But it’s not just church.  This country doesn’t play the role it once did.  Our intentions are good, mostly anyway, but we don’t have the influence we once did as the world’s policeman, the country everyone looked to for guidance.  Our government that we’ve always liked to think is a model for the rest of the world barely functions these days, unable to reach consensus on anything.  The security and safety we used to feel within our borders hasn’t totally disappeared but it’s taken a hit.  We’re still shocked by terrorist attacks and mass shootings, things like that, but we’re not surprised anymore.  Despite all the security measures, we know another one will happen, it’s just a matter of where and when.  On top of all that, for some anyway, changes in society, especially how we understand sexuality and family, what’s acceptable and what isn’t presents another challenge to the order and stability of their world.    

All of these things create a sense of loss, they all create a feeling of anxiety. Like the people of Israel who saw Jerusalem devastated, we watch the old world we have trusted and counted on vanishing before us.  We begin to know better what the author of Lamentations was writing about: “How lonely sits the city that was once full of people!  How like a widow she has become, she that was great among the nations.  All her gates are desolate; her priests groan; her young girls grieve and her heart is bitter.”  More than we might want to admit, we can relate to this kind of loss.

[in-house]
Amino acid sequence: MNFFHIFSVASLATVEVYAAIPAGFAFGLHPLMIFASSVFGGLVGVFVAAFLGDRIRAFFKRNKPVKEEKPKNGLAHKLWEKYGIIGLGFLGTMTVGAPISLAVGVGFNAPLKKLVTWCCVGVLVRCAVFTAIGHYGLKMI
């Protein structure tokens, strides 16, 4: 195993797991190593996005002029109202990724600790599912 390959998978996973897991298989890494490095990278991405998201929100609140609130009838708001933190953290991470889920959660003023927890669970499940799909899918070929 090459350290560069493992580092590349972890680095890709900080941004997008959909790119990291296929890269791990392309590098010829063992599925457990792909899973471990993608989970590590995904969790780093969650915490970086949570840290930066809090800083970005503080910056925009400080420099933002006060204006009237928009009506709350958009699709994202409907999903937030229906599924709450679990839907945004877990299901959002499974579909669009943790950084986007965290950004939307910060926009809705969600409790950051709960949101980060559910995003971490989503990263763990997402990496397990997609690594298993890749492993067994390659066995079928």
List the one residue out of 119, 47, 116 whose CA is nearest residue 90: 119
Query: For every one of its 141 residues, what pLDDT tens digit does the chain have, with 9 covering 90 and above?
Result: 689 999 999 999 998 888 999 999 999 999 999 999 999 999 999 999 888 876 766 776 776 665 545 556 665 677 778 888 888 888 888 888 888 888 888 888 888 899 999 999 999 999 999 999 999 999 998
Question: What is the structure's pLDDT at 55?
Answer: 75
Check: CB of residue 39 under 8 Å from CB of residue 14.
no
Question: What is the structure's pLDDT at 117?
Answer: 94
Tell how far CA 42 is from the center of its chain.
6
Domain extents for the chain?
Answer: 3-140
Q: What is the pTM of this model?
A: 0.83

Lamentations is honest, it reveals pain; it is a depressing read.  It starts with the verses read this morning, it ends in chapter 5 with a plea for God to act with no expectation that he will. “Restore us to yourself O Lord, that we may be restored; renew our days as of old—unless you have utterly rejected us, and are angry with us beyond measure.”  That’s where it ends and the voice drifts away into silence with no confidence that anything is going to change.

What’s interesting about Lamentations though, is that right in the middle of it, there is an expression of inexplicable hope.  In chapter 3 you get, “My soul is bereft of peace; I have forgotten what happiness is; so I say, “Gone is my glory and all that I had hoped for from the Lord.”  That’s typical Lamentations despair; but two verses later the tone changes:  “But this I call to mind, and therefore I have hope,” that followed by “The steadfast love of the Lord never ceases, his mercies never come to and end; they are new every morning; great is your faithfulness,” and you want to say, “Where did that come from?”